Available from: Myrto‐Foteini Mavilidi
- "The accelerometer collects data known as activity Bcounts^ measured in time sampling intervals or epochs (Cliff et al. 2009). Measurements with the Actigraph accelerometer have been found to be valid, and reliable in children aged 3–5 years (Cliff et al. 2009 "
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ABSTRACT: Research suggests that integrating human movement into a cognitive learning task can be effective for learning due to its cognitive and physiological effects. In this study, the learning effects of enacting words through whole-body movements (i.e., physical exercise) and part-body movements (i.e., gestures) were investigated in a foreign language vocabulary task. Participants were 111 preschool children of 15 childcare centres, who were randomly assigned to one of four conditions. Participants had to learn 14 Italian words in a 4-week teaching program. They were tested on their memory for the words during, directly after, and 6 weeks after the program. In the integrated physical exercise condition, children enacted the actions indicated by the words to be learned in physical exercises. In the non-integrated physical exercise condition children performed physical exercises at the same intensity, but unrelated to the learning task. In the gesturing condition, children enacted the actions indicated by the words to be learned by gesturing while remaining seated. In the conventional condition, children verbally repeated the words while remaining seated. Results confirmed the main hypothesis, indicating that children in the integrated physical exercise condition achieved the highest learning outcomes. Implications of integrated physical exercise programs for preschool children’s cognition and health are discussed.
Available from: Xanne Janssen
- "The use of objective measures of physical activity have been well established and it has been widely reported that the interpretation of data depends on several methodological decisions made before and after data collection (Cain, Sallis, Conway, Van Dyck, & Calhoon, 2013; Cliff, Reilly, & Okely, 2009; Ridgers & Fairclough, 2011). More recently, researchers have started to focus on objectively measured sedentary behavior (Atkin et al., 2013a; Healy et al., 2008; Mitchell, Pate, Beets, & Nader, 2012a; Mitchell et al., 2012b). "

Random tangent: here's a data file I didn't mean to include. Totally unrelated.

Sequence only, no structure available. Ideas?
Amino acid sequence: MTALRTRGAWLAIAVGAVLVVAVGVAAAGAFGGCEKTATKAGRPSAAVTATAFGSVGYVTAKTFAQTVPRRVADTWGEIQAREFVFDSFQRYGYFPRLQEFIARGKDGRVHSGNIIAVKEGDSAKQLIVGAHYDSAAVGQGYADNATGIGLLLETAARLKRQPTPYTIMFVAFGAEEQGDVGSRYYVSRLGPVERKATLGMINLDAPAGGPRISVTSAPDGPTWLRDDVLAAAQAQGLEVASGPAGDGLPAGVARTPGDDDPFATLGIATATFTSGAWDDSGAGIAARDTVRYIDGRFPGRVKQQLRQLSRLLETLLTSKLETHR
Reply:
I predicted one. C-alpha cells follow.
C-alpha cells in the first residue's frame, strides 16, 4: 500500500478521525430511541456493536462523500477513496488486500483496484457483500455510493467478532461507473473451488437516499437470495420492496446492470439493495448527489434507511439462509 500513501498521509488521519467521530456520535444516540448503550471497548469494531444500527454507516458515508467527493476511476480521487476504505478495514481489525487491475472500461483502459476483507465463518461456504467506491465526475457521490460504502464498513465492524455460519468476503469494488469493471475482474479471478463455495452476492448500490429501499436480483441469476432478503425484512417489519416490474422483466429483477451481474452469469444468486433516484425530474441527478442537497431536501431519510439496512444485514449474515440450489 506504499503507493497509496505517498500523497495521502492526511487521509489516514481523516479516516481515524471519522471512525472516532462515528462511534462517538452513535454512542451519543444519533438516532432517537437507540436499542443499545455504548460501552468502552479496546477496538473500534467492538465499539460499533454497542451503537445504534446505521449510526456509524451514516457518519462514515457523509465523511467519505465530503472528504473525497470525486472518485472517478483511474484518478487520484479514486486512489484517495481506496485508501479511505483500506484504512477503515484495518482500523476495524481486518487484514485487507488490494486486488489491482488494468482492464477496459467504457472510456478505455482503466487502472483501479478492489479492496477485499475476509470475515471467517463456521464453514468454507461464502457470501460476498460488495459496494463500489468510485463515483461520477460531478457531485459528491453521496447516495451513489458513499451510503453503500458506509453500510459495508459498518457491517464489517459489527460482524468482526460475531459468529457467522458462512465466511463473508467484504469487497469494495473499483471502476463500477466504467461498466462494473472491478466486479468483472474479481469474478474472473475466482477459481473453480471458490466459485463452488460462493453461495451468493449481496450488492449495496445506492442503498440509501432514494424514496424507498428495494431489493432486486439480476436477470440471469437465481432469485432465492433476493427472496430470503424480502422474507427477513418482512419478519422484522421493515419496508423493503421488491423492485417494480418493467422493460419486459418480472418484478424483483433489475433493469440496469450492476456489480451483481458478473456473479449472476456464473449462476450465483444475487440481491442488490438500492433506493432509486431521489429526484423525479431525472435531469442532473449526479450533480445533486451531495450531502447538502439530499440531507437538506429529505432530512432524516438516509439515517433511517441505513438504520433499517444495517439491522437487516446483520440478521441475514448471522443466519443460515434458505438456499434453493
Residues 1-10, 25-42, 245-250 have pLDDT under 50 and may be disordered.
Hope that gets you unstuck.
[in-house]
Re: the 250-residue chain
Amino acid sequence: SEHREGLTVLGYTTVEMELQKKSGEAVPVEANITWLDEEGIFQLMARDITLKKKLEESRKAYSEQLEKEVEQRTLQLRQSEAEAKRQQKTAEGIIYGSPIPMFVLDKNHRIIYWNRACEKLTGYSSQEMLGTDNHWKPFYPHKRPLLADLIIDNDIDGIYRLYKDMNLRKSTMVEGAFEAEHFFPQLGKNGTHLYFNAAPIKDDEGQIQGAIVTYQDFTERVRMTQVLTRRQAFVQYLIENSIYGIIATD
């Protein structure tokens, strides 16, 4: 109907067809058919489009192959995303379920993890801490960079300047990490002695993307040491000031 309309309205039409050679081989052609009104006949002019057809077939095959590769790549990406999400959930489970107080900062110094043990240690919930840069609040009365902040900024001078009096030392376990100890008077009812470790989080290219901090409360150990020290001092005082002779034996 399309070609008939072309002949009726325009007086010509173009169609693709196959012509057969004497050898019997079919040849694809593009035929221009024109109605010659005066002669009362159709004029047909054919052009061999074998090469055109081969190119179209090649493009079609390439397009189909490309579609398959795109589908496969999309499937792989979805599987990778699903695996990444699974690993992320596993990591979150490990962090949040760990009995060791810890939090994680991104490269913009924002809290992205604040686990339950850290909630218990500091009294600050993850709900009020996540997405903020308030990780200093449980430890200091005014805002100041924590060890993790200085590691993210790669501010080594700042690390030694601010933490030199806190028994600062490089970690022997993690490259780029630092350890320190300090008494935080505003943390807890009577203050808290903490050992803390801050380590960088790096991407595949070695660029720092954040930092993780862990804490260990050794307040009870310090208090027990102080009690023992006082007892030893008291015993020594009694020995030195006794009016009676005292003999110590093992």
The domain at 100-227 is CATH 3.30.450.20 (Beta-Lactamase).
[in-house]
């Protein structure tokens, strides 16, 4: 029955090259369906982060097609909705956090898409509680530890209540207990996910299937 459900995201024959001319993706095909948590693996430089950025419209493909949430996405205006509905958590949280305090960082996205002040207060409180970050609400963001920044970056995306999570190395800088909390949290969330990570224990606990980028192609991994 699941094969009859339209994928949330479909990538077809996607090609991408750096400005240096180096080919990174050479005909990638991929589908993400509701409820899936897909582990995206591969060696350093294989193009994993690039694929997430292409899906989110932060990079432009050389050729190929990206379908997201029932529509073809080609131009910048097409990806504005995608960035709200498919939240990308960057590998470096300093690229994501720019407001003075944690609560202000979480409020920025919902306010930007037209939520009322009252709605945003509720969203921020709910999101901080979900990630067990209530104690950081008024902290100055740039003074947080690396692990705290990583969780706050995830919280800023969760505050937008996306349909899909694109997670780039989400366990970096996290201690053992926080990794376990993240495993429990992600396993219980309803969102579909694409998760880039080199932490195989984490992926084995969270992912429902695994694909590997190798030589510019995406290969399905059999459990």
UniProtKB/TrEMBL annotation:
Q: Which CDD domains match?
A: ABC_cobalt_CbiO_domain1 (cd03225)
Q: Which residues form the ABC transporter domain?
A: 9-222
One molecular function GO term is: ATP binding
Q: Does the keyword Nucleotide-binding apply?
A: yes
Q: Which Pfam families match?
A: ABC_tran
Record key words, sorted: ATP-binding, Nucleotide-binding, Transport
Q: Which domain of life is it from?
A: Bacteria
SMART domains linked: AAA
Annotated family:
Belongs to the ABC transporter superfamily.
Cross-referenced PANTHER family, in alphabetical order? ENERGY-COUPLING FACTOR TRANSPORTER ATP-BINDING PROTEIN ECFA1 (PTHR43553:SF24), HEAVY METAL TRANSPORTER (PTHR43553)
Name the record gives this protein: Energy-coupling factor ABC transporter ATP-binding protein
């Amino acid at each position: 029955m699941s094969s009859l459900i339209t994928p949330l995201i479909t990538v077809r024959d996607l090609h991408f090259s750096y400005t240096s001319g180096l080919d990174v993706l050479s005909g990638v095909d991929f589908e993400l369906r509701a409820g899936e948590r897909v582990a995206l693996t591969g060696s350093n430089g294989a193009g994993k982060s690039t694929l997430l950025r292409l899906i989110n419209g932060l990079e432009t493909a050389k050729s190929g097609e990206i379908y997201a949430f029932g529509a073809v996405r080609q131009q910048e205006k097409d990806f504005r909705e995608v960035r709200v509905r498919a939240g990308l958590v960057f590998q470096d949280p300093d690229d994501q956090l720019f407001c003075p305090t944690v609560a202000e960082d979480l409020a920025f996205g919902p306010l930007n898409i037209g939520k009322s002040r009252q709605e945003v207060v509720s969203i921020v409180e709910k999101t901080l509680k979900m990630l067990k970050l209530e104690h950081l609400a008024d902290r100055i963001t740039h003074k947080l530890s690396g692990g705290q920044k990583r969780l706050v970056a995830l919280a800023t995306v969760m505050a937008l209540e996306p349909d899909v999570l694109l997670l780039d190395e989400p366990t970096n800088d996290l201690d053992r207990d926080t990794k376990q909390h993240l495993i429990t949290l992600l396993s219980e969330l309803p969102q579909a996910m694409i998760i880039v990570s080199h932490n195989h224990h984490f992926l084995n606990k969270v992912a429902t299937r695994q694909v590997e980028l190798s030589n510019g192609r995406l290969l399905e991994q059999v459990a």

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ABSTRACT: The use of objective measures of sedentary behavior has increased over the past decade; however, as is the case for objectively measured physical activity, methodological decisions before and after data collection are likely to influence the outcomes. The aim of this article is to review the evidence on different methodological decisions made by researchers when examining sedentary behavior. The different issues researchers may encounter when measuring sedentary behavior have been divided into (a) activity monitor placement; (b) epochs, cut points, and non-wear time definitions; (c) criteria for sedentary behavior bouts and breaks; and (d) combining motion and posture data. This article recommends that (a) activity monitors should be placed on the thigh and combined with a data reduction approach that estimates inclination, especially in children and adults; and (b) researchers should clearly report their data processing decisions to enhance the ability to evaluate and compare studies in the future. However, the article also highlights a dearth of methodological evidence to inform the use of objective measures of sedentary behavior. Based on the gaps in the literature, research recommendations, which require addressing to develop a best practice protocol when measuring sedentary behavior objectively, have been made.